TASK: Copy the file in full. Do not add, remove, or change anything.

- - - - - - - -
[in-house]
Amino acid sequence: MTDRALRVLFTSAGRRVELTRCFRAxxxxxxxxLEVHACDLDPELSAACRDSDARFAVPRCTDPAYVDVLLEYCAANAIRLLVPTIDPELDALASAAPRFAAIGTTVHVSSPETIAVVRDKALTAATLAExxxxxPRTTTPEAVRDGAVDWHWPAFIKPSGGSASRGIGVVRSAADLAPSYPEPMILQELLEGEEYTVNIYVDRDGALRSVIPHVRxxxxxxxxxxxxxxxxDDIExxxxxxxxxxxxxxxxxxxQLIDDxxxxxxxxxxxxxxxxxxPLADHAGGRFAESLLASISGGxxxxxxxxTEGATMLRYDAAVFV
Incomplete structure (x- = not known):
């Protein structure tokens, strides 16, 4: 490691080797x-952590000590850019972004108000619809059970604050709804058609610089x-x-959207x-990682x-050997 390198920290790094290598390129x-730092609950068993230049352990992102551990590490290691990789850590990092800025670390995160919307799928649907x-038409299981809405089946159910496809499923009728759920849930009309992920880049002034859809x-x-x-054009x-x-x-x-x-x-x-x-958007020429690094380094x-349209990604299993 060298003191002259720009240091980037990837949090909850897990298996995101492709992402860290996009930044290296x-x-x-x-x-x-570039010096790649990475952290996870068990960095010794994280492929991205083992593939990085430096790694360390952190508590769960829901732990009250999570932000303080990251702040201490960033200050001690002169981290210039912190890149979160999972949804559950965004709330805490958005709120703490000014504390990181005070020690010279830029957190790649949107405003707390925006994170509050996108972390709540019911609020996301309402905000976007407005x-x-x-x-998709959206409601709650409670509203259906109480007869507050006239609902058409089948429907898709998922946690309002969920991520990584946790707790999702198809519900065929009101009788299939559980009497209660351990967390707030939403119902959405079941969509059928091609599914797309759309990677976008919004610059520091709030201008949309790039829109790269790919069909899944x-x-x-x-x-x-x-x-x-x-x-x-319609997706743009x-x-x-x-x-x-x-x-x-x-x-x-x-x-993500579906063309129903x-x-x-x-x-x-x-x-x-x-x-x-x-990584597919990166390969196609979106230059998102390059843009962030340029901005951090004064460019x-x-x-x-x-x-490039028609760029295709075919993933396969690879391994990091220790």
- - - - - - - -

[in-house]
Amino acid sequence: MTDRALRVLFTSAGRRVELTRCFRAxxxxxxxxLEVHACDLDPELSAACRDSDARFAVPRCTDPAYVDVLLEYCAANAIRLLVPTIDPELDALASAAPRFAAIGTTVHVSSPETIAVVRDKALTAATLAExxxxxPRTTTPEAVRDGAVDWHWPAFIKPSGGSASRGIGVVRSAADLAPSYPEPMILQELLEGEEYTVNIYVDRDGALRSVIPHVRxxxxxxxxxxxxxxxxDDIExxxxxxxxxxxxxxxxxxxQLIDDxxxxxxxxxxxxxxxxxxPLADHAGGRFAESLLASISGGxxxxxxxxTEGATMLRYDAAVFV
Incomplete structure (x- = not known):
């Protein structure tokens, strides 16, 4: 490691080797x-952590000590850019972004108000619809059970604050709804058609610089x-x-959207x-990682x-050997 390198920290790094290598390129x-730092609950068993230049352990992102551990590490290691990789850590990092800025670390995160919307799928649907x-038409299981809405089946159910496809499923009728759920849930009309992920880049002034859809x-x-x-054009x-x-x-x-x-x-x-x-958007020429690094380094x-349209990604299993 060298003191002259720009240091980037990837949090909850897990298996995101492709992402860290996009930044290296x-x-x-x-x-x-570039010096790649990475952290996870068990960095010794994280492929991205083992593939990085430096790694360390952190508590769960829901732990009250999570932000303080990251702040201490960033200050001690002169981290210039912190890149979160999972949804559950965004709330805490958005709120703490000014504390990181005070020690010279830029957190790649949107405003707390925006994170509050996108972390709540019911609020996301309402905000976007407005x-x-x-x-998709959206409601709650409670509203259906109480007869507050006239609902058409089948429907898709998922946690309002969920991520990584946790707790999702198809519900065929009101009788299939559980009497209660351990967390707030939403119902959405079941969509059928091609599914797309759309990677976008919004610059520091709030201008949309790039829109790269790919069909899944x-x-x-x-x-x-x-x-x-x-x-x-319609997706743009x-x-x-x-x-x-x-x-x-x-x-x-x-x-993500579906063309129903x-x-x-x-x-x-x-x-x-x-x-x-x-990584597919990166390969196609979106230059998102390059843009962030340029901005951090004064460019x-x-x-x-x-x-490039028609760029295709075919993933396969690879391994990091220790």